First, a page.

Overview of Duke work on seabed mining regulations
The United Nations Convention on the Law of the Sea (UNCLOS) establishes the International Seabed Authority (ISA) and directs the ISA to develop the resources of the deep seabed (the sea floor located beneath the High Seas in Areas Beyond National Jurisdiction) for the benefit of the “common heritage of mankind” while also protecting the environment. Article 145 of UNCLOS explicitly requires the ISA to ensure that mining of the deep seabed does not interfere with the ecological balance of the marine environment.
Duke faculty are closely involved with the ongoing ISA effort to develop regulations that will govern the mining of the deep seabed in a fashion that protects the marine environment. Faculty are contributing to both the scientific and legal aspects of developing these rules.
Dr. Cindy Van Dover, the Harvey Smith Professor of Biological Oceanography at the Marine Lab, is one of the world’s leading authorities on the ecology and function of sea floor hot springs. She has published widely on the biodiversity of the deep sea, and is a pioneer in the new field of deep-sea environmental management. She participates in ISA-sponsored meetings from Jamaica to Europe to Asia that focus on the UNCLOS requirement to protect the environment of the deep sea in connection with mining, and has provided detailed recommendations for methods to protect particularly important areas of biodiversity and to monitor potential seabed mining impacts.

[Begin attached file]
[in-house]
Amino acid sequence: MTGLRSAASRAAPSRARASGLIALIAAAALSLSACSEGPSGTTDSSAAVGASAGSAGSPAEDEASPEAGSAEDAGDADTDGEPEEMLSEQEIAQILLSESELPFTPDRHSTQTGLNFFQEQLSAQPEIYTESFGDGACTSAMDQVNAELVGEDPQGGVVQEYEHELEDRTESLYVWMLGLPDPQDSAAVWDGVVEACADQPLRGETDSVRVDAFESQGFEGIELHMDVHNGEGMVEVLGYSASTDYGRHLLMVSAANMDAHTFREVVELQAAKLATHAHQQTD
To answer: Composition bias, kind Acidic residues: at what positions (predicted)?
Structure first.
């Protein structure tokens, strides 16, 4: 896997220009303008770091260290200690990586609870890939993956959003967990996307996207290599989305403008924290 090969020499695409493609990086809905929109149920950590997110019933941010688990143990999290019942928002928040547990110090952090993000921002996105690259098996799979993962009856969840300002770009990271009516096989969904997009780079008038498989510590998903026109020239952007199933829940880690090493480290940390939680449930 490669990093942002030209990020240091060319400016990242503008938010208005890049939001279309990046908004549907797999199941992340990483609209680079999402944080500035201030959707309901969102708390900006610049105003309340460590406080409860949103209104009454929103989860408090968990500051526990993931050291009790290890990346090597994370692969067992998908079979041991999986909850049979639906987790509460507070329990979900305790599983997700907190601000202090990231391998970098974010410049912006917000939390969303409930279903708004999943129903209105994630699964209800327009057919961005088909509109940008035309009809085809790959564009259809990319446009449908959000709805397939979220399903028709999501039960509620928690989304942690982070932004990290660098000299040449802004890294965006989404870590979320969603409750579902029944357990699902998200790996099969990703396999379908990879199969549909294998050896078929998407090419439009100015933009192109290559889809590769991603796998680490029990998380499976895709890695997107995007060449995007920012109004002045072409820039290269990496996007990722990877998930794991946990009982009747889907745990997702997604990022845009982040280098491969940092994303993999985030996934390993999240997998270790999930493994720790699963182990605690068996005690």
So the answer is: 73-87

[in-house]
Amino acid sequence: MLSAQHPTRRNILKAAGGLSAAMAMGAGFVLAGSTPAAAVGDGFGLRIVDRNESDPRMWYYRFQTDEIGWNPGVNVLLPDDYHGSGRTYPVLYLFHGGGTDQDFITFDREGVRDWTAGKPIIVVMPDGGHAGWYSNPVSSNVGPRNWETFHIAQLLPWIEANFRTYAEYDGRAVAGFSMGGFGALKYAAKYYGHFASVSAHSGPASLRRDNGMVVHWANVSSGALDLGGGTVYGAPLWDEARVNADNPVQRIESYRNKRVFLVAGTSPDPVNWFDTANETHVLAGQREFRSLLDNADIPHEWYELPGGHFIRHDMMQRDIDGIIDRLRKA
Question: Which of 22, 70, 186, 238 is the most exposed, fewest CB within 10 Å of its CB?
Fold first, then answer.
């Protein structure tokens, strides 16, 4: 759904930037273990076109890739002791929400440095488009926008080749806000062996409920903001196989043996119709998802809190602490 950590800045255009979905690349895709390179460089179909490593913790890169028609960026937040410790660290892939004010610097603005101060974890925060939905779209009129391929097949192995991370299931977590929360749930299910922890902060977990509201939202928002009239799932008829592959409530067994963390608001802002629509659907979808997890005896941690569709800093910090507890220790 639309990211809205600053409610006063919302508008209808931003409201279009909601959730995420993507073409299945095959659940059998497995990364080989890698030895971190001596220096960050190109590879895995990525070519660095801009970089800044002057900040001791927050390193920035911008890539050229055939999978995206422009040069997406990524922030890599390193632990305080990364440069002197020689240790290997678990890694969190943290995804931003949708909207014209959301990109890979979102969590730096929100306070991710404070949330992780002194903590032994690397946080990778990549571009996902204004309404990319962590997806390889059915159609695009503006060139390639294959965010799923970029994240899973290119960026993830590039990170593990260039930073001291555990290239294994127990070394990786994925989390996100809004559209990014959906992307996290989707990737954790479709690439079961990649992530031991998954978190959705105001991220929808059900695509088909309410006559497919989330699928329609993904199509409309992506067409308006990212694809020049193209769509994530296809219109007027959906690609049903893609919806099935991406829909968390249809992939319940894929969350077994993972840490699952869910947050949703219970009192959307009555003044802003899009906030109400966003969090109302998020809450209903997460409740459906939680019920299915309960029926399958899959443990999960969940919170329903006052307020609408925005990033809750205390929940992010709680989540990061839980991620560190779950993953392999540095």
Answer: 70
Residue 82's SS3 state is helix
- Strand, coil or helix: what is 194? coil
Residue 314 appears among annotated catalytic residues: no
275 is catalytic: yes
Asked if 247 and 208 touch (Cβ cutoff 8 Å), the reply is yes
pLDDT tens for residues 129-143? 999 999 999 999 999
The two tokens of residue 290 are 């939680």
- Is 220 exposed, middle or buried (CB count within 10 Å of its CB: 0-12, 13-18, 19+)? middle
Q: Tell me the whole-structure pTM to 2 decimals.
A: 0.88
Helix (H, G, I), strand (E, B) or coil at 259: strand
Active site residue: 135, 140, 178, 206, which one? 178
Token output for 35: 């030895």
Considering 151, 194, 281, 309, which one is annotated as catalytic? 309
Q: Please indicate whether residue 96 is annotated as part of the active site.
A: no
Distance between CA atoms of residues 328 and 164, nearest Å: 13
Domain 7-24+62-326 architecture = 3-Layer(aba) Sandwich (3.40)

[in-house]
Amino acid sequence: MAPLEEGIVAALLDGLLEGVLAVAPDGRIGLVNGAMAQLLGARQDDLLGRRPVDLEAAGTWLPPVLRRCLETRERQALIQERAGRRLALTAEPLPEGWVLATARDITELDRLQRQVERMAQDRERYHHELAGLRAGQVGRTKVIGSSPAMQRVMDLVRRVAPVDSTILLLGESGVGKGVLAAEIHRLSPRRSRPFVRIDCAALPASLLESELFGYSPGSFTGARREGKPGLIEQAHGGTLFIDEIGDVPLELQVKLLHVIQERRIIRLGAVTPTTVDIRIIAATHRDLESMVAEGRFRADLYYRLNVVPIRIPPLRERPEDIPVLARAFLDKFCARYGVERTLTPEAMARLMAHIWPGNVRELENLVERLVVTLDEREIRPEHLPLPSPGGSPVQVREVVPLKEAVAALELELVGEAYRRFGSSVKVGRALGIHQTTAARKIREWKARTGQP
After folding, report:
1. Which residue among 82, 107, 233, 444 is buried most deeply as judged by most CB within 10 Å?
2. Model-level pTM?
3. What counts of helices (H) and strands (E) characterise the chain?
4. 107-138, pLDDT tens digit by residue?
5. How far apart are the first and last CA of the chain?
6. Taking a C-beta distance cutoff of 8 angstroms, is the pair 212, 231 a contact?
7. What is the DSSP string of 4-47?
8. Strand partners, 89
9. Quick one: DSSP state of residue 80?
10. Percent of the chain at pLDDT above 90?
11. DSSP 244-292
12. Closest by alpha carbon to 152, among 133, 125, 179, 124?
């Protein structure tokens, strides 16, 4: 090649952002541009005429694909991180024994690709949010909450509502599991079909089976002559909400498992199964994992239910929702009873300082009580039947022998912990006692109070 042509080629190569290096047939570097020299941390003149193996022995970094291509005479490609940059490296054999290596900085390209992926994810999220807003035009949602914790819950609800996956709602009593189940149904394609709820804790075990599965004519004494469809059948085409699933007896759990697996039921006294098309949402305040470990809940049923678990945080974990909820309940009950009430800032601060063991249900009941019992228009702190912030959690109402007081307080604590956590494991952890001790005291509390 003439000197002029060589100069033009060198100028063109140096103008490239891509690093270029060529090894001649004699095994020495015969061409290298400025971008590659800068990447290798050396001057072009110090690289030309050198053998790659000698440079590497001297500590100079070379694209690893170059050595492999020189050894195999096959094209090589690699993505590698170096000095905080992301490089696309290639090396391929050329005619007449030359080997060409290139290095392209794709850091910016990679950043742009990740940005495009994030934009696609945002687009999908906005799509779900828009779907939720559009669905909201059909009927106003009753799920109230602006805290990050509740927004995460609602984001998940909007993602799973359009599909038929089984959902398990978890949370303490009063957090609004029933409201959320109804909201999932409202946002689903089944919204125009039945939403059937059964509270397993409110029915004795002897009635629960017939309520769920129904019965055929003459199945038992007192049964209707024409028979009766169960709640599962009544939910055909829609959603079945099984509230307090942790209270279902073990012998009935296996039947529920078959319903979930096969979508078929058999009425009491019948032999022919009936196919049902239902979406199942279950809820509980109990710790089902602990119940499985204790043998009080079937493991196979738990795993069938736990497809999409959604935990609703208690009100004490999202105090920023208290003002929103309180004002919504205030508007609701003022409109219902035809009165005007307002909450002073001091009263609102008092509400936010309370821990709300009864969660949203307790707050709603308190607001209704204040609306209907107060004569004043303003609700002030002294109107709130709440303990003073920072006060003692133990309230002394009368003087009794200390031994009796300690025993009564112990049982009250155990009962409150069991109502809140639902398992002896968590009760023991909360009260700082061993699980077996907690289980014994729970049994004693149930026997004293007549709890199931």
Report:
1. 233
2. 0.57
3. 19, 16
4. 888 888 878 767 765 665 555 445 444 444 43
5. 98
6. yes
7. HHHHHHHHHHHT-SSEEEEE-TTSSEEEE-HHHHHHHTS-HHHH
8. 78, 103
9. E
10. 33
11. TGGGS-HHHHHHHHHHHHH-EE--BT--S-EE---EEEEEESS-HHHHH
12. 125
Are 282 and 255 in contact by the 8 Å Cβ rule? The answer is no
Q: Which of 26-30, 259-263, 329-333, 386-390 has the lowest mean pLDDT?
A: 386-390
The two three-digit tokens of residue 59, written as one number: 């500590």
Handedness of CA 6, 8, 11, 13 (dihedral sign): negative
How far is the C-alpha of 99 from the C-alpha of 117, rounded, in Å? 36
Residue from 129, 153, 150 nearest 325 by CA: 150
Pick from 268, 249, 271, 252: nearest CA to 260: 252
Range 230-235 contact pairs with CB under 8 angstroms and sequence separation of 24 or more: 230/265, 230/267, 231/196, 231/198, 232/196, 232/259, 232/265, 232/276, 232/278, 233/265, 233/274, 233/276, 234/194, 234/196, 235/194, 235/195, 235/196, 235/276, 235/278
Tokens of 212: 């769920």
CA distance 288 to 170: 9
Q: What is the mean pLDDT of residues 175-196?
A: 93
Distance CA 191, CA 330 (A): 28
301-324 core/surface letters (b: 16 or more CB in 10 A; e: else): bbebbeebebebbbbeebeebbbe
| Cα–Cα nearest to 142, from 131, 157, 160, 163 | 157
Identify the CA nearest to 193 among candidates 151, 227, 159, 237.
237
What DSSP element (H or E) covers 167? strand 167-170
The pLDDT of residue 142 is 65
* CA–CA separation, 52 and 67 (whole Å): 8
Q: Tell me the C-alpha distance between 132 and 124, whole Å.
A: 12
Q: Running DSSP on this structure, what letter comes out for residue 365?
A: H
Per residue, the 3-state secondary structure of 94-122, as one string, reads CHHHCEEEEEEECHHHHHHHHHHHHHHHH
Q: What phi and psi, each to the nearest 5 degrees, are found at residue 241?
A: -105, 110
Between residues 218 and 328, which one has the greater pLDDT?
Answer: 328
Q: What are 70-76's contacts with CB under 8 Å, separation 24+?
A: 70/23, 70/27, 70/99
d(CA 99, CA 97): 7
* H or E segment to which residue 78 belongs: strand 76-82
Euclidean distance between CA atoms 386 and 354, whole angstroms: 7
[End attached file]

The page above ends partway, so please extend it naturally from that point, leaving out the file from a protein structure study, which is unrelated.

Steve Roady is Professor of the Practice of Law at the Law School and has been working on ocean conservation legal and policy issues for more than two decades. He is a member of an ISA working group that is developing information on potential approaches to the allocation of liability for damages from deep sea bed mining. He also is a member of a global team of scientists and legal scholars sponsored by the Pew Charitable Trusts that is providing commentary and suggestions on the proposed ISA regulations. He is assisting the ISA with consideration of specific provisions in the regulations that will help ensure protection of the marine environment, including provisions for public participation, legally-binding standards and guidelines for seabed mining contractors, and an environmental liability trust fund.